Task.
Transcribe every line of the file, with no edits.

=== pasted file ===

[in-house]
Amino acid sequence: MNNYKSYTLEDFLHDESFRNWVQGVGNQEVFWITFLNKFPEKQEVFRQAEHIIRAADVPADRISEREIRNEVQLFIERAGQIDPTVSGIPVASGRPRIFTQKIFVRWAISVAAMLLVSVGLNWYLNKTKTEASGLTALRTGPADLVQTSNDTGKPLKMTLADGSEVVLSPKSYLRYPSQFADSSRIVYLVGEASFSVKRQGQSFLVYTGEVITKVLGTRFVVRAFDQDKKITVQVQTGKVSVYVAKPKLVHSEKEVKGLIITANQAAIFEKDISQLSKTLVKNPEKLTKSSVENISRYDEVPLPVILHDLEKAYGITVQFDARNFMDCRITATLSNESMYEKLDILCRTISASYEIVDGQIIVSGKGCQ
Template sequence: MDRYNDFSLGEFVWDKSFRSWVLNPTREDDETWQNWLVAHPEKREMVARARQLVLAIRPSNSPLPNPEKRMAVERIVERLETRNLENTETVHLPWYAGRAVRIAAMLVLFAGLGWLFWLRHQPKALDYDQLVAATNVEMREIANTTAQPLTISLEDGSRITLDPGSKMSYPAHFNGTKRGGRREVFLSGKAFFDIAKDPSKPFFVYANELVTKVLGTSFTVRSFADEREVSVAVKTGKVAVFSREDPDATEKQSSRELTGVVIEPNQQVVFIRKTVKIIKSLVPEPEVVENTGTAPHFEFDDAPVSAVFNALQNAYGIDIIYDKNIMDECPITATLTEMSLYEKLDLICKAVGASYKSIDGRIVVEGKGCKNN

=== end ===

[in-house]
Amino acid sequence: MNNYKSYTLEDFLHDESFRNWVQGVGNQEVFWITFLNKFPEKQEVFRQAEHIIRAADVPADRISEREIRNEVQLFIERAGQIDPTVSGIPVASGRPRIFTQKIFVRWAISVAAMLLVSVGLNWYLNKTKTEASGLTALRTGPADLVQTSNDTGKPLKMTLADGSEVVLSPKSYLRYPSQFADSSRIVYLVGEASFSVKRQGQSFLVYTGEVITKVLGTRFVVRAFDQDKKITVQVQTGKVSVYVAKPKLVHSEKEVKGLIITANQAAIFEKDISQLSKTLVKNPEKLTKSSVENISRYDEVPLPVILHDLEKAYGITVQFDARNFMDCRITATLSNESMYEKLDILCRTISASYEIVDGQIIVSGKGCQ
Template sequence: MDRYNDFSLGEFVWDKSFRSWVLNPTREDDETWQNWLVAHPEKREMVARARQLVLAIRPSNSPLPNPEKRMAVERIVERLETRNLENTETVHLPWYAGRAVRIAAMLVLFAGLGWLFWLRHQPKALDYDQLVAATNVEMREIANTTAQPLTISLEDGSRITLDPGSKMSYPAHFNGTKRGGRREVFLSGKAFFDIAKDPSKPFFVYANELVTKVLGTSFTVRSFADEREVSVAVKTGKVAVFSREDPDATEKQSSRELTGVVIEPNQQVVFIRKTVKIIKSLVPEPEVVENTGTAPHFEFDDAPVSAVFNALQNAYGIDIIYDKNIMDECPITATLTEMSLYEKLDLICKAVGASYKSIDGRIVVEGKGCKNN